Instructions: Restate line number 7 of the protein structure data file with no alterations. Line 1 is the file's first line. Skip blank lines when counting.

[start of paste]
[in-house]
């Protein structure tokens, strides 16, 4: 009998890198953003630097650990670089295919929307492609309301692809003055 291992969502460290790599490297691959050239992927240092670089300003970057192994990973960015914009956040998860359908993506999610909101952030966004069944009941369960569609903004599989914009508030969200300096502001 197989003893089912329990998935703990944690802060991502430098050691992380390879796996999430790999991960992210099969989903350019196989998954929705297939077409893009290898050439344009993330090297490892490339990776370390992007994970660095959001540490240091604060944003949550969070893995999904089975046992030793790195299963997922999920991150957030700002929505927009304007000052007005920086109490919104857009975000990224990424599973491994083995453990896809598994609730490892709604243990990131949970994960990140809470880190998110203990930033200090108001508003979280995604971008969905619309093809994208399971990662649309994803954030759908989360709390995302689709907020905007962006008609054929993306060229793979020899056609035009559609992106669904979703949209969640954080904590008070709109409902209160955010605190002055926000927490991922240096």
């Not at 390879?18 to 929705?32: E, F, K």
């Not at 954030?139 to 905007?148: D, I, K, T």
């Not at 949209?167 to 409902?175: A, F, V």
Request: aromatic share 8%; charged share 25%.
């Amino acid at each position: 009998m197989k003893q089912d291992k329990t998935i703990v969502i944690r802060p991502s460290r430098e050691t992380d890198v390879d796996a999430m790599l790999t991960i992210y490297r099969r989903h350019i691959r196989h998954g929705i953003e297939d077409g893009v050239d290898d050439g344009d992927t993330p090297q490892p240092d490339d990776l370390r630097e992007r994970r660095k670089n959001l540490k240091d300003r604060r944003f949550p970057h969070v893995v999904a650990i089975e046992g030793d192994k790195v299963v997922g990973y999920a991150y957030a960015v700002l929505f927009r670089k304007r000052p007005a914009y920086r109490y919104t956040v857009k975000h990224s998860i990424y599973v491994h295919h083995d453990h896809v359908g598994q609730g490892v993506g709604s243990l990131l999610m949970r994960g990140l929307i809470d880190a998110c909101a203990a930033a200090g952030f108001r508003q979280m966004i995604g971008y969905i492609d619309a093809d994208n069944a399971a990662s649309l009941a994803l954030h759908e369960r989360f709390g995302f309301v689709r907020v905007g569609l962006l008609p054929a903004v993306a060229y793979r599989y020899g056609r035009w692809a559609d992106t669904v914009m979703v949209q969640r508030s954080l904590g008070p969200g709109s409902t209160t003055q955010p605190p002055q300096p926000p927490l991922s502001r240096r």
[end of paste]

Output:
């Amino acid at each position: 009998m197989k003893q089912d291992k329990t998935i703990v969502i944690r802060p991502s460290r430098e050691t992380d890198v390879d796996a999430m790599l790999t991960i992210y490297r099969r989903h350019i691959r196989h998954g929705i953003e297939d077409g893009v050239d290898d050439g344009d992927t993330p090297q490892p240092d490339d990776l370390r630097e992007r994970r660095k670089n959001l540490k240091d300003r604060r944003f949550p970057h969070v893995v999904a650990i089975e046992g030793d192994k790195v299963v997922g990973y999920a991150y957030a960015v700002l929505f927009r670089k304007r000052p007005a914009y920086r109490y919104t956040v857009k975000h990224s998860i990424y599973v491994h295919h083995d453990h896809v359908g598994q609730g490892v993506g709604s243990l990131l999610m949970r994960g990140l929307i809470d880190a998110c909101a203990a930033a200090g952030f108001r508003q979280m966004i995604g971008y969905i492609d619309a093809d994208n069944a399971a990662s649309l009941a994803l954030h759908e369960r989360f709390g995302f309301v689709r907020v905007g569609l962006l008609p054929a903004v993306a060229y793979r599989y020899g056609r035009w692809a559609d992106t669904v914009m979703v949209q969640r508030s954080l904590g008070p969200g709109s409902t209160t003055q955010p605190p002055q300096p926000p927490l991922s502001r240096r």